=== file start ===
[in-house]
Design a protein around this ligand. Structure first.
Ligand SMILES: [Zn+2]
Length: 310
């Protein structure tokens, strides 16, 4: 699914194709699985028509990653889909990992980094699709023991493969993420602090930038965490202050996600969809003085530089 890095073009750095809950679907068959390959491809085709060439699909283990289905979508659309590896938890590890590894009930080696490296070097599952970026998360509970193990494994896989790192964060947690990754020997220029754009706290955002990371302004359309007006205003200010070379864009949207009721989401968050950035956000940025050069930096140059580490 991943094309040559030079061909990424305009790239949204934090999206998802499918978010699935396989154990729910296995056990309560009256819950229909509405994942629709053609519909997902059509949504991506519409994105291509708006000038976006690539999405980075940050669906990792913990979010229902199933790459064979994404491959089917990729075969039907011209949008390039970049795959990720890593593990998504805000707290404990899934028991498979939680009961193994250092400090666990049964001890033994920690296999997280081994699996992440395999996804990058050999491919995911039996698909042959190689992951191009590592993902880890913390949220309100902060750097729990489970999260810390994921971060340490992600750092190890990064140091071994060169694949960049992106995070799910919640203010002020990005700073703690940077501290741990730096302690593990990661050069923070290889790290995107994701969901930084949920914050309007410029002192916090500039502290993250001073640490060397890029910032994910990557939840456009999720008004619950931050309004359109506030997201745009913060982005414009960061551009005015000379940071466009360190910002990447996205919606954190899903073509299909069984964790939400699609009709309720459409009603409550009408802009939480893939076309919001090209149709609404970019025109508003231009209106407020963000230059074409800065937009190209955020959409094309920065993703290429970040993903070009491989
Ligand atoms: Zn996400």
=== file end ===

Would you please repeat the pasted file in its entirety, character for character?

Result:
[in-house]
Design a protein around this ligand. Structure first.
Ligand SMILES: [Zn+2]
Length: 310
């Protein structure tokens, strides 16, 4: 699914194709699985028509990653889909990992980094699709023991493969993420602090930038965490202050996600969809003085530089 890095073009750095809950679907068959390959491809085709060439699909283990289905979508659309590896938890590890590894009930080696490296070097599952970026998360509970193990494994896989790192964060947690990754020997220029754009706290955002990371302004359309007006205003200010070379864009949207009721989401968050950035956000940025050069930096140059580490 991943094309040559030079061909990424305009790239949204934090999206998802499918978010699935396989154990729910296995056990309560009256819950229909509405994942629709053609519909997902059509949504991506519409994105291509708006000038976006690539999405980075940050669906990792913990979010229902199933790459064979994404491959089917990729075969039907011209949008390039970049795959990720890593593990998504805000707290404990899934028991498979939680009961193994250092400090666990049964001890033994920690296999997280081994699996992440395999996804990058050999491919995911039996698909042959190689992951191009590592993902880890913390949220309100902060750097729990489970999260810390994921971060340490992600750092190890990064140091071994060169694949960049992106995070799910919640203010002020990005700073703690940077501290741990730096302690593990990661050069923070290889790290995107994701969901930084949920914050309007410029002192916090500039502290993250001073640490060397890029910032994910990557939840456009999720008004619950931050309004359109506030997201745009913060982005414009960061551009005015000379940071466009360190910002990447996205919606954190899903073509299909069984964790939400699609009709309720459409009603409550009408802009939480893939076309919001090209149709609404970019025109508003231009209106407020963000230059074409800065937009190209955020959409094309920065993703290429970040993903070009491989
Ligand atoms: Zn996400």